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Labor market differentials estimated with researcher-inferred and self-identified sexual orientation

Michael Martell ()

Economics Letters, 2021, vol. 205, issue C

Abstract: The impact of the common practice of inferring sexual orientation via cohabitation status on estimated labor market differentials for sexual minorities is understudied. Using the 2013–2018 National Health Interview Survey, I show that inferring sexual orientation via cohabitation status leads to similar estimated differentials for gay men but inflates outcomes for lesbian women. Estimates for all bisexual individuals are biased upwards, because bisexual individuals are less likely to cohabit and comprise less than ten percent of the same-sex cohabiting sample. Estimates of outcomes for sexual minority members of same-sex households are largely unaffected by the sample contamination resulting from potentially erroneous inclusion of heterosexual individuals. However, cohabitation based researcher inference of sexual orientation masks important heterogeneity in self-identified sexual orientation based labor market differentials. Results highlight the need for inclusion of sexual orientation identity on more large scale surveys.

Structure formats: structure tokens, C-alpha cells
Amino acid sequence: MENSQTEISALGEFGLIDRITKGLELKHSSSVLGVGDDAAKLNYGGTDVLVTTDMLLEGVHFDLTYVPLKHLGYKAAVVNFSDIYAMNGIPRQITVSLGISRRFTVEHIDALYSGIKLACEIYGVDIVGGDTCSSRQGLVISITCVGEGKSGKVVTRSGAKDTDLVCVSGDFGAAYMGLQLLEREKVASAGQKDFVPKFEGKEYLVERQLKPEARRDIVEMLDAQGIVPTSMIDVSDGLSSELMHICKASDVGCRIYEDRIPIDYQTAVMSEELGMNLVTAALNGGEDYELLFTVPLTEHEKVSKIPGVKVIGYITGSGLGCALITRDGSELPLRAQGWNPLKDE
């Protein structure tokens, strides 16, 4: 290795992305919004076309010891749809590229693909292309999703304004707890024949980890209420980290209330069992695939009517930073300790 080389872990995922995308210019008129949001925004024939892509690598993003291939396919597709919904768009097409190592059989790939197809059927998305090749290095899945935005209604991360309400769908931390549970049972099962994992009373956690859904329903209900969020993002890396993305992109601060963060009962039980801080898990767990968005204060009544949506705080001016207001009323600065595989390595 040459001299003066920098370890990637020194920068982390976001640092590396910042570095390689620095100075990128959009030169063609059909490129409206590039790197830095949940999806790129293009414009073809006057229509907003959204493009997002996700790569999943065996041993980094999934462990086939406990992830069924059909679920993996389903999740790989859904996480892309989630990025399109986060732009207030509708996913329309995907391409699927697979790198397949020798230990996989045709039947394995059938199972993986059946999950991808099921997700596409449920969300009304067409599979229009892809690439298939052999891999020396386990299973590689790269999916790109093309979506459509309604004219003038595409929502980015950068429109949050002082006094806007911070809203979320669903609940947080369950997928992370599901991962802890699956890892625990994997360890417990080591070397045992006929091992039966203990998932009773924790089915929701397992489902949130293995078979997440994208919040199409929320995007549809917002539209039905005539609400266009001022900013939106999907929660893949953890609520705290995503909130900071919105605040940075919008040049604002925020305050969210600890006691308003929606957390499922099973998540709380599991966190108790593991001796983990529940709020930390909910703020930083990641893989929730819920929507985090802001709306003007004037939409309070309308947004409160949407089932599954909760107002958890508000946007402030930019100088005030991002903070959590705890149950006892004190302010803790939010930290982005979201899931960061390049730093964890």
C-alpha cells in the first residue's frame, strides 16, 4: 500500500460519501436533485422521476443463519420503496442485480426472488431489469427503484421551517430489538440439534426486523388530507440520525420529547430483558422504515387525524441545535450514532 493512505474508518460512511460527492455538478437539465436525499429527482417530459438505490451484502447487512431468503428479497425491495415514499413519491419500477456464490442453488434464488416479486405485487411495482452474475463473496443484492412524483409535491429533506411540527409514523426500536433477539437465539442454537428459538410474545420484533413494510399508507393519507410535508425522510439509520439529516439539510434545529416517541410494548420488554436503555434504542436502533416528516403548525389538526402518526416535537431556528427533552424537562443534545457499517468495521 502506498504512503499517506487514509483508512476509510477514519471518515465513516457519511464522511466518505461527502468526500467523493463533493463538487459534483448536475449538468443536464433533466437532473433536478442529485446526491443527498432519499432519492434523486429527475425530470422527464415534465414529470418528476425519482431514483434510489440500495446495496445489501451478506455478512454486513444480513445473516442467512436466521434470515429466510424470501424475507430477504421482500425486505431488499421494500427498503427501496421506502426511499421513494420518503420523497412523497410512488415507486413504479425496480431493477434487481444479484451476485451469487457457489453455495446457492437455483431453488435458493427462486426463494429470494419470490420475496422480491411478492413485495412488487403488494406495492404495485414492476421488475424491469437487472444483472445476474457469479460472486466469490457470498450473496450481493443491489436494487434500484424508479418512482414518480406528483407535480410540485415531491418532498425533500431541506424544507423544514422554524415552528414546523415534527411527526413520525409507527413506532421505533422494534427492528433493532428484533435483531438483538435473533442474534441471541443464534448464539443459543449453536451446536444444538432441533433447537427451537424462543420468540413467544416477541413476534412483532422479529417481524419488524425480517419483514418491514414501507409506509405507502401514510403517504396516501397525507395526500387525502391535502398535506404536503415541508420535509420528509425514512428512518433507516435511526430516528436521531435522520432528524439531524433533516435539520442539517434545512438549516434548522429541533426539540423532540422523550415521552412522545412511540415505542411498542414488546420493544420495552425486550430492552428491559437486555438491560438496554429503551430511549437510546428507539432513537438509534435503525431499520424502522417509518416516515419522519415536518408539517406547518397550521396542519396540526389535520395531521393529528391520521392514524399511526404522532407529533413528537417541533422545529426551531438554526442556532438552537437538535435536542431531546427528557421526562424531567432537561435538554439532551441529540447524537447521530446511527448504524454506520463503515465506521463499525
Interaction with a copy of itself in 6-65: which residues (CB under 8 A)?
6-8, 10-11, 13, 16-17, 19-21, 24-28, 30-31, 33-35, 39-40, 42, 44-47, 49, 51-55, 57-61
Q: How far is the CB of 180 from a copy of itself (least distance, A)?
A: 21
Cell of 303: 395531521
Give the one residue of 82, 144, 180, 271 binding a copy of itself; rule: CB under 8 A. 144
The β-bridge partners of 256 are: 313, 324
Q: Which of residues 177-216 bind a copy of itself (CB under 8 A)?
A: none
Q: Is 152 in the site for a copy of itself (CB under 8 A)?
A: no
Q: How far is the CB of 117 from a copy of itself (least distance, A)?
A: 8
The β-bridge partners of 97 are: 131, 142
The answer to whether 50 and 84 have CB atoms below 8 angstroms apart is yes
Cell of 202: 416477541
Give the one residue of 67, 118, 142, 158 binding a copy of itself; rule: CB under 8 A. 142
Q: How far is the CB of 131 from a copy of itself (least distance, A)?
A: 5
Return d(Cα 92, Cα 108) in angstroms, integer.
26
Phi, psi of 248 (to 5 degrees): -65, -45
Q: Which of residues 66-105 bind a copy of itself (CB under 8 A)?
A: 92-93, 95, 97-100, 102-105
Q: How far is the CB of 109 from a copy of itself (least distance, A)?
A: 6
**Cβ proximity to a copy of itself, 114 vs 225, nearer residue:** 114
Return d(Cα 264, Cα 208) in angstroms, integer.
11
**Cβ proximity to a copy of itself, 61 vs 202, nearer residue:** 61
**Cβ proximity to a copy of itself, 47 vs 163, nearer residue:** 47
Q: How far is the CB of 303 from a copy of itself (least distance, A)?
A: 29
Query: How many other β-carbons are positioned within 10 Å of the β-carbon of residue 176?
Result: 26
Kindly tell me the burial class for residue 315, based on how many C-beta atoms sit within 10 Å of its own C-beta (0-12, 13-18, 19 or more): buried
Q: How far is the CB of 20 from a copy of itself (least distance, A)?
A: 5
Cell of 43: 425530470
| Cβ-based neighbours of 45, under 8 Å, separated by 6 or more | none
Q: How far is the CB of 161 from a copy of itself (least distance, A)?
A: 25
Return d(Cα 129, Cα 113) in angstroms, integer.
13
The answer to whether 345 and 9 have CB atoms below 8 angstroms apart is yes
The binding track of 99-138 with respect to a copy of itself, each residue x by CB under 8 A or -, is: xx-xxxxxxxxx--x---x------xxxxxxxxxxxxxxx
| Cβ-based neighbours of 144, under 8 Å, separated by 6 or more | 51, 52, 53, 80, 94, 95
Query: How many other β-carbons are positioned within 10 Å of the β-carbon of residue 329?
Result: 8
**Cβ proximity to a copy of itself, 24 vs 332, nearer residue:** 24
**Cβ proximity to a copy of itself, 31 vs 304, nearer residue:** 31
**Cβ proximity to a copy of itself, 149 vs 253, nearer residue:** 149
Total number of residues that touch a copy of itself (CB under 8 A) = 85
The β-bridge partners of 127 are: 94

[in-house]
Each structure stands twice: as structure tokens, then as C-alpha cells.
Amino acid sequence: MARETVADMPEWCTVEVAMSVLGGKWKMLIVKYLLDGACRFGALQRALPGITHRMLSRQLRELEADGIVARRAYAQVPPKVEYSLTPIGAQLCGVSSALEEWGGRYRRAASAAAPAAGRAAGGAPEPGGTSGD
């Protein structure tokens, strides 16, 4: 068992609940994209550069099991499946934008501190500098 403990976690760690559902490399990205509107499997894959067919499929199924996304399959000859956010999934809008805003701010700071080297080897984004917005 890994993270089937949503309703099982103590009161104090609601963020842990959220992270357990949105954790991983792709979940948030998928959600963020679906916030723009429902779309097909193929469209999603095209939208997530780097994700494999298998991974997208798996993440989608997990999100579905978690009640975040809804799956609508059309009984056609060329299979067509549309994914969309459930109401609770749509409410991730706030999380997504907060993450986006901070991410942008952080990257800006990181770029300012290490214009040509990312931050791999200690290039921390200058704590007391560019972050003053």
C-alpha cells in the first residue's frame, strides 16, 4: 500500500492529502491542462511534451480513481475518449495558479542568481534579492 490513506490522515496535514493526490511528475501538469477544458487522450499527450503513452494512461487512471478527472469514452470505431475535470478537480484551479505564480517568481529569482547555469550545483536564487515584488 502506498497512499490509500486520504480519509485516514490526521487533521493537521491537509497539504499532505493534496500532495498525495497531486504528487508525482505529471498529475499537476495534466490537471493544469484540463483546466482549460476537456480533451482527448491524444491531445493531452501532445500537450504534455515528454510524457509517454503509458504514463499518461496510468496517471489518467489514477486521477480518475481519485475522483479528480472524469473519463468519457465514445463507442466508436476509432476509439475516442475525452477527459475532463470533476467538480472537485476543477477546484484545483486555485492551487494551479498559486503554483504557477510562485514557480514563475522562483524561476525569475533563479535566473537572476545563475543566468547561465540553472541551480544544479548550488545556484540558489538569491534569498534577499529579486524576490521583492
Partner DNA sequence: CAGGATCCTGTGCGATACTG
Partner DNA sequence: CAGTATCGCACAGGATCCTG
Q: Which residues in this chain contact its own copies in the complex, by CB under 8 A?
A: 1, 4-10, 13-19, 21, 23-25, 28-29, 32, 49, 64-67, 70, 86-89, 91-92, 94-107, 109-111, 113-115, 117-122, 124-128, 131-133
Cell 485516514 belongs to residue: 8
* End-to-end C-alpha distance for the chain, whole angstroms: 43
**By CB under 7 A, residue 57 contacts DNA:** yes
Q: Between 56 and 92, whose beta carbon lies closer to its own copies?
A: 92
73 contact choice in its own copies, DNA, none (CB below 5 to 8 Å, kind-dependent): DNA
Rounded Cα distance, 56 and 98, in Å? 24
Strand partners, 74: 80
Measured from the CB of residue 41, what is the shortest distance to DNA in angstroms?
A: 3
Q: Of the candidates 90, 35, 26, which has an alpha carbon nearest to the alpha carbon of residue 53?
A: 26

Keywords: Sexual orientation; Same-sex households; Discrimination; Labor market outcomes (search for similar items in EconPapers)
JEL-codes: J1 J2 J7 (search for similar items in EconPapers)
Date: 2021
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DOI: 10.1016/j.econlet.2021.109959

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